Editor’s Note: Walter E. Daniels is a founding principal in the Research Triangle Park law firm of Daniels Daniels & Verdonik, P.A.
________________________________________________________________________________________A typical biotech startup story might be as follows: Scott, Kent, Richard and Ben found a biotech company, LittlePharma. They raise a small amount of capital from a couple of angels so that LittlePharma is able to license two patents from Ivy Tower University for the development of a drug to cure a rare cancer. The first patent covers LittlePharma’s core technology. The second of the patents relates to a secondary business objective. LittlePharma decides to license the second patent to BigPharma for a large lump sum payment of $3,000,000 in hopes of using the money to develop the first patent over the next few years. This is particularly important because after the angel funding the founders own only 60% and thus they want to avoid the need to seek venture capital investment at this stage.

Unbeknownst to company, however, when LittlePharma closes the license deal with BigPharma, LittlePharma will be subjected to potential penalty tax liability in the amount of 15% of “undistributed personal holding company income” under a tax law anachronism known as the Personal Holding Company Tax (“PHCT”). This tax is in addition to the general corporate income tax. As a consequence it is possible that a big chunk of the money that was anticipated to be spent on development of the cancer drug will, instead, be paid to Uncle Sam. The PHCT is truly a trap for the unwary early stage technology company.

History of the PHCT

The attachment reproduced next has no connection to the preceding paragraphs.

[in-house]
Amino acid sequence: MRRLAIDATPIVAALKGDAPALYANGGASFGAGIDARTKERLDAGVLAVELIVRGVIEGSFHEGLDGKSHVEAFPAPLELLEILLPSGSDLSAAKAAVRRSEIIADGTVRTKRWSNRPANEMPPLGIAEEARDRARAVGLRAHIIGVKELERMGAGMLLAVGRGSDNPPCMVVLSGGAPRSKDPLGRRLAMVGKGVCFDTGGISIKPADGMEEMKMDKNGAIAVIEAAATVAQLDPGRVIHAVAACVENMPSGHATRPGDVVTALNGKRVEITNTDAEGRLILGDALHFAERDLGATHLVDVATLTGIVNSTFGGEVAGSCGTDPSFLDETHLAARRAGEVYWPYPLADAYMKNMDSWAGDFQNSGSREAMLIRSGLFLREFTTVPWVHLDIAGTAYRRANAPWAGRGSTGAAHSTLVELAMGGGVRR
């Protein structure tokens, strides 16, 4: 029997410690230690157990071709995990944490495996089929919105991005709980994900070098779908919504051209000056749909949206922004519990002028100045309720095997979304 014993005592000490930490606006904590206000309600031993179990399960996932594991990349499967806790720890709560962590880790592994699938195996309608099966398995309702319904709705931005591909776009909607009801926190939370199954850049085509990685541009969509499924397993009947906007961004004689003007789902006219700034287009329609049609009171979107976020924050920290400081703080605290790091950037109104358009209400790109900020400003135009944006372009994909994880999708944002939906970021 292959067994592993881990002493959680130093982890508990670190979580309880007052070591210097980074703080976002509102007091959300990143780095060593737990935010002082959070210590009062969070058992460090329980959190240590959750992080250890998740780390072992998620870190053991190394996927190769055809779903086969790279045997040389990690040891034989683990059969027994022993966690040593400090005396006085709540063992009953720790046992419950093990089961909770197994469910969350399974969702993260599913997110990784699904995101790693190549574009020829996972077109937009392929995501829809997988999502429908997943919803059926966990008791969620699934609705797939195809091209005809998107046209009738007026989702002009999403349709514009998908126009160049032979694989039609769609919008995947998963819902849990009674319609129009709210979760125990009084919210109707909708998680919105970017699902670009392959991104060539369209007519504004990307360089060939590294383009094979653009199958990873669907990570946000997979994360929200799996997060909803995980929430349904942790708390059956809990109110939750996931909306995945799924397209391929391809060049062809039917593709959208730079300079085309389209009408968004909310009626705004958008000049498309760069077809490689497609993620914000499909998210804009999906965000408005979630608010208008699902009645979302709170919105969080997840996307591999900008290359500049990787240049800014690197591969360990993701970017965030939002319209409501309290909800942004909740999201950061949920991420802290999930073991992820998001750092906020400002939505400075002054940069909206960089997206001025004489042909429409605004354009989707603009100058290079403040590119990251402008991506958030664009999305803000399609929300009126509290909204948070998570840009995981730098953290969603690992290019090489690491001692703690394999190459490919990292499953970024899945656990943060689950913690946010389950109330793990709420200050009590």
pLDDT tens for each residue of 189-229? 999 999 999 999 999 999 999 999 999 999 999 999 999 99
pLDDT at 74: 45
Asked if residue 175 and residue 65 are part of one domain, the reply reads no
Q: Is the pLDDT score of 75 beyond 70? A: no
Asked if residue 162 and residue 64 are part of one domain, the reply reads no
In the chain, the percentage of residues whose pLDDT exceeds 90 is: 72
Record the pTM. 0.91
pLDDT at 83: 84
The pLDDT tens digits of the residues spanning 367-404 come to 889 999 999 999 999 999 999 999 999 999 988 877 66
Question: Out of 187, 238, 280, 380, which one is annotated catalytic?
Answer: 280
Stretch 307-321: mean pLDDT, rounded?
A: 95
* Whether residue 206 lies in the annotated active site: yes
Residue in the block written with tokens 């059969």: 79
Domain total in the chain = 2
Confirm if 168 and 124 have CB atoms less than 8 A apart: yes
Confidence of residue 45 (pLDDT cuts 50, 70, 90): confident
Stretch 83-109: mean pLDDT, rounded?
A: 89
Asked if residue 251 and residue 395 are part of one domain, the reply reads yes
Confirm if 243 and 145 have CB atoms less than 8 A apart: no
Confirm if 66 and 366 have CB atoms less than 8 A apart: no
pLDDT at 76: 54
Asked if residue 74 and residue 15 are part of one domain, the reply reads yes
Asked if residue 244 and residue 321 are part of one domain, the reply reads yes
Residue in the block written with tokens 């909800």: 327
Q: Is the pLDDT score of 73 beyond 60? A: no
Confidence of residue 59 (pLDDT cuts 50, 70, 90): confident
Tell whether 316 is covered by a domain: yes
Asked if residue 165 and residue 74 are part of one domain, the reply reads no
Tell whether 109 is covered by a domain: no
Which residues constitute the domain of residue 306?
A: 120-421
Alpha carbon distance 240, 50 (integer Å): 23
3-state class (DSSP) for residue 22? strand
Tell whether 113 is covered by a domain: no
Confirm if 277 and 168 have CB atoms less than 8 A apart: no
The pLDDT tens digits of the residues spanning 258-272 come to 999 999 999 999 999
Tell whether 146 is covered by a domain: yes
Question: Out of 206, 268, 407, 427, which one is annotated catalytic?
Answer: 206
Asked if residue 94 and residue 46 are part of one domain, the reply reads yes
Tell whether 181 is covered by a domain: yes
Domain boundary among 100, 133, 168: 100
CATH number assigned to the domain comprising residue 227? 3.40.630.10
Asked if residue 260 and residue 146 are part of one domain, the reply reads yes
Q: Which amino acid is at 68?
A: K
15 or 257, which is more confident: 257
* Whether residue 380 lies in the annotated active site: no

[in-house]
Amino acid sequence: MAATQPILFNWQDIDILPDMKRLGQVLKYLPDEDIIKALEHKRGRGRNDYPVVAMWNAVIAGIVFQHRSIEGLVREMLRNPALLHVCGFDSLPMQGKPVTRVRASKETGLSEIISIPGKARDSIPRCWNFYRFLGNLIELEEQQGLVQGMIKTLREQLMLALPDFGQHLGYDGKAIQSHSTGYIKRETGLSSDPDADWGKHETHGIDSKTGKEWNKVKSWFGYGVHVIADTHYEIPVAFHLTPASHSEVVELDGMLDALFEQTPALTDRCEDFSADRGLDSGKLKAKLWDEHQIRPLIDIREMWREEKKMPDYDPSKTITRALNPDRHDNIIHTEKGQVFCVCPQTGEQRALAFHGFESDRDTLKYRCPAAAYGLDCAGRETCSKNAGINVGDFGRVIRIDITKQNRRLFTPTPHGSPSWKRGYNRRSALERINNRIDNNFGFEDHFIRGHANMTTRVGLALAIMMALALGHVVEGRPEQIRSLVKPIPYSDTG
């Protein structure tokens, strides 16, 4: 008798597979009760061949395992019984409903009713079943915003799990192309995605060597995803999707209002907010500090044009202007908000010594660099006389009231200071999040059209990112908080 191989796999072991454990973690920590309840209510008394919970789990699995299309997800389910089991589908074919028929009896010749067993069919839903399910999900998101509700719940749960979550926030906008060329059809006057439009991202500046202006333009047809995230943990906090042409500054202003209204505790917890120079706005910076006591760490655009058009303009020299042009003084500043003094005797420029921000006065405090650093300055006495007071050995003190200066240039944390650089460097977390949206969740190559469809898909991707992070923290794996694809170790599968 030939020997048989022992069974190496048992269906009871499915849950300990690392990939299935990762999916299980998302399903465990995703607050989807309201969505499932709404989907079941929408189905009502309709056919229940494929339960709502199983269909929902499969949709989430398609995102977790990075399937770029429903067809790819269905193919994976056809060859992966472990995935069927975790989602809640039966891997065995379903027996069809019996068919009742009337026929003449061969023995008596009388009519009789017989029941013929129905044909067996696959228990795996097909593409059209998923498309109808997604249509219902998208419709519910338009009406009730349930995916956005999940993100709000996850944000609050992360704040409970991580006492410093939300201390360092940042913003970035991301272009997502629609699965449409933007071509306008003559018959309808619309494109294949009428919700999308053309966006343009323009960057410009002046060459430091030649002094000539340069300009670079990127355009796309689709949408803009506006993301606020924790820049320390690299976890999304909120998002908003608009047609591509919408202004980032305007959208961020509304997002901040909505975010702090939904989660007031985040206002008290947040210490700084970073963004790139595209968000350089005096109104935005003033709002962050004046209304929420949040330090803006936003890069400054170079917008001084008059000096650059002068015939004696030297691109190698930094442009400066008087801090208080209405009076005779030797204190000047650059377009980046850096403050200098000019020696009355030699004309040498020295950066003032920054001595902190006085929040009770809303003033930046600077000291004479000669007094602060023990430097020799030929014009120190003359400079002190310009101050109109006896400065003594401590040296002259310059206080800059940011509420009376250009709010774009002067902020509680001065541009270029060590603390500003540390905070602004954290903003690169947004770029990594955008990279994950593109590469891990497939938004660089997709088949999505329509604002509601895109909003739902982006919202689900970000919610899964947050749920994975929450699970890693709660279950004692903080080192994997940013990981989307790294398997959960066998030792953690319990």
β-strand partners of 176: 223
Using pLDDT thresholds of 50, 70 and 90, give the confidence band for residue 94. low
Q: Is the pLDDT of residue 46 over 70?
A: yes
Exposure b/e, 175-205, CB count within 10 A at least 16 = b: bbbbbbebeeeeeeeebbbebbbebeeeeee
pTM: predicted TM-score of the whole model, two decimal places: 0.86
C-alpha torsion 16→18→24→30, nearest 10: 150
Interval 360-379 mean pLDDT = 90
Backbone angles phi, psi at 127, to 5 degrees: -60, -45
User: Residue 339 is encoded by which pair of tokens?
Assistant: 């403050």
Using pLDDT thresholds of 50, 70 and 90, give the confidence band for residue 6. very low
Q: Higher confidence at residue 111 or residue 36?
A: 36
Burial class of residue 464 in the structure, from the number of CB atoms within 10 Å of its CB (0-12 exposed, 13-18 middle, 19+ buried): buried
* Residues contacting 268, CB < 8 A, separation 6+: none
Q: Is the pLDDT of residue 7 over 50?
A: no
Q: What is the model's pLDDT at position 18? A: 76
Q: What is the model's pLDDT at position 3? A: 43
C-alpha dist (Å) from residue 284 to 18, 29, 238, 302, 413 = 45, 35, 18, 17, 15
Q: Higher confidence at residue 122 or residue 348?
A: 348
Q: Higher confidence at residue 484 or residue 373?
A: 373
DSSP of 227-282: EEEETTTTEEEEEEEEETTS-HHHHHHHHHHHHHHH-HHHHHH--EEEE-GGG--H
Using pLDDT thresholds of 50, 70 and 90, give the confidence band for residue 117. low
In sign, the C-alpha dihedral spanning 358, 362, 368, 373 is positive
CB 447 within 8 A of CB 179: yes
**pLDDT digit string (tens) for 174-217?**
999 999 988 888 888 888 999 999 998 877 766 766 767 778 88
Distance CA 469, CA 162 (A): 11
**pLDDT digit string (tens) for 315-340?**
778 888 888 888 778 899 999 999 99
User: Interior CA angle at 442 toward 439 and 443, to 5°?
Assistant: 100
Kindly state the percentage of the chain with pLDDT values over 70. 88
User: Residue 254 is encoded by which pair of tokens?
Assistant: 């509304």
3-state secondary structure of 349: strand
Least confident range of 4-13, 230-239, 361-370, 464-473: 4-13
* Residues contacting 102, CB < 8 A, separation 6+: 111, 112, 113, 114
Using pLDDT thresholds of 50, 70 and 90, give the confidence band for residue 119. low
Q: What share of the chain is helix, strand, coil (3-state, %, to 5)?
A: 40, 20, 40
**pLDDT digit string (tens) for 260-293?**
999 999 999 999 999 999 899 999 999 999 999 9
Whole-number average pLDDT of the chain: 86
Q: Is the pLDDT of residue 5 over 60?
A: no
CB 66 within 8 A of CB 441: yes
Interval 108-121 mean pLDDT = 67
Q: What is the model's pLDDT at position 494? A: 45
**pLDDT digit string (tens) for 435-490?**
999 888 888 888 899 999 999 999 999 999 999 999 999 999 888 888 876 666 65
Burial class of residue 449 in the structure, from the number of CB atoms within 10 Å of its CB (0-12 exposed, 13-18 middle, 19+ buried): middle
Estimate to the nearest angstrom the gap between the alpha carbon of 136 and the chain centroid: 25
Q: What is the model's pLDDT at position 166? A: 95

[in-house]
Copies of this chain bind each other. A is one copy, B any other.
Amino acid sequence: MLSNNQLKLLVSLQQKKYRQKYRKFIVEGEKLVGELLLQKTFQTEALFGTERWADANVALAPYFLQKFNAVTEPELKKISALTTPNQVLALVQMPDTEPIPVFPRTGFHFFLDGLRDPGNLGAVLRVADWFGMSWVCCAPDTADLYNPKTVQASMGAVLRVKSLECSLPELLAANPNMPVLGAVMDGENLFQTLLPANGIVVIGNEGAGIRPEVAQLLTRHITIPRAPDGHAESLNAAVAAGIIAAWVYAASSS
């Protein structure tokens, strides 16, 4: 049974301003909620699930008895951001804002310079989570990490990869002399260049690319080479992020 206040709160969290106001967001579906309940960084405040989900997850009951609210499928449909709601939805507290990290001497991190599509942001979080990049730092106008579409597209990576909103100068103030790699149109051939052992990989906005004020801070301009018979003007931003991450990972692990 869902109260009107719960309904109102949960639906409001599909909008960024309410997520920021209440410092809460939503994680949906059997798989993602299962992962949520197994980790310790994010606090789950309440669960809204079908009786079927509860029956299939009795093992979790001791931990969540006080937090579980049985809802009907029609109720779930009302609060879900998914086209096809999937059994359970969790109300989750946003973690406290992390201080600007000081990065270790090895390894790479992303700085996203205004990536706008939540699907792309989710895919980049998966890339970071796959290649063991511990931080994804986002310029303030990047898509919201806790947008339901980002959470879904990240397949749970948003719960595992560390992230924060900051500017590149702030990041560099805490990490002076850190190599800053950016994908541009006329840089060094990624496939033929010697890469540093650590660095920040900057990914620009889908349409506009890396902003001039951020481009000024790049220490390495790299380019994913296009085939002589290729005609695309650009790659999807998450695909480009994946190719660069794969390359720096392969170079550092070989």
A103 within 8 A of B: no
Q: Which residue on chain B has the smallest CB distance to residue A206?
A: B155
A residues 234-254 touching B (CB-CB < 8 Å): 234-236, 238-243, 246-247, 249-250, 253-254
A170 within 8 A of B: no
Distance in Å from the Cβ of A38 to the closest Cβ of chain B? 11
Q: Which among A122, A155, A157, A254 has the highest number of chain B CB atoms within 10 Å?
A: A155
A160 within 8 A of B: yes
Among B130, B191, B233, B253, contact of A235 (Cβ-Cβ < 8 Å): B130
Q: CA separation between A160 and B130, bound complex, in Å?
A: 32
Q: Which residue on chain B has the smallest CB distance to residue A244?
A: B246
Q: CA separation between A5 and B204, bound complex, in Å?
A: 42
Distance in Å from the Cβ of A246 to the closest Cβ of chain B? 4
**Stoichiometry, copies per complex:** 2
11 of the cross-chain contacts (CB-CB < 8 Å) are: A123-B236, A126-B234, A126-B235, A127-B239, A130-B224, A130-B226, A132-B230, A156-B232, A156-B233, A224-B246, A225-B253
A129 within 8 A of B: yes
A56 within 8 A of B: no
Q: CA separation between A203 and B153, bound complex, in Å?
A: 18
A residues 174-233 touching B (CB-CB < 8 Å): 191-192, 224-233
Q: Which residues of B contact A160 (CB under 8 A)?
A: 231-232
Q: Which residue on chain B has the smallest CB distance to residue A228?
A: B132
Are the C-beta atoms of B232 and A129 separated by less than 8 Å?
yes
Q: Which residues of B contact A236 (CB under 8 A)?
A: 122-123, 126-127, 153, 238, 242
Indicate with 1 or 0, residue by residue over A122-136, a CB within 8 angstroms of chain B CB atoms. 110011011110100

The PHCT is addressed in a part of the Internal Revenue Code entitled “Corporations Used to Avoid Income Tax on Shareholders.” The tax is a holdover from a period when maximum personal income tax rates were in excess of 70%. As explained in the Conference Report for the American Jobs Creation Act of 2004, “[t]he personal holding company tax was originally enacted to prevent so-called ‘incorporated pocketbooks’ that could be formed by individuals to hold assets that could have been held directly by the individuals, such as passive investment assets, and retain the income at corporate rates that were then significantly lower than individual tax rates.”

Now that the top corporate tax rate and the top personal income tax rate are close to each other, there is no present day public policy justification for the existence of this tax other than as a source of revenue generation. The tax continues to exist, however, and it applies regardless of whether the corporation was formed for the purpose of avoiding income taxes.

For some time many have recognized that the original justification for the tax no longer applies. Since 1964 the applicable PHCT rate has been lowered by Congress seven times, from a high of 75% to 15% today. The American Jobs Creation Act of 2004 eliminated the foreign personal holding company and the Senate version of the Act would have eliminated the domestic version of the tax, but this aspect of the Senate version did not survive the Conference Committee. So, while Congress has been chipping away at the tax, it can’t seem to strike the final blow. The PHCT remains in effect albeit at a lower rate, and a review of pending legislation indicates that there are no bills that would eliminate the PHCT other than bills which would replace the entire Internal Revenue Code and replace the PHCT with either a flat tax or a national sales tax.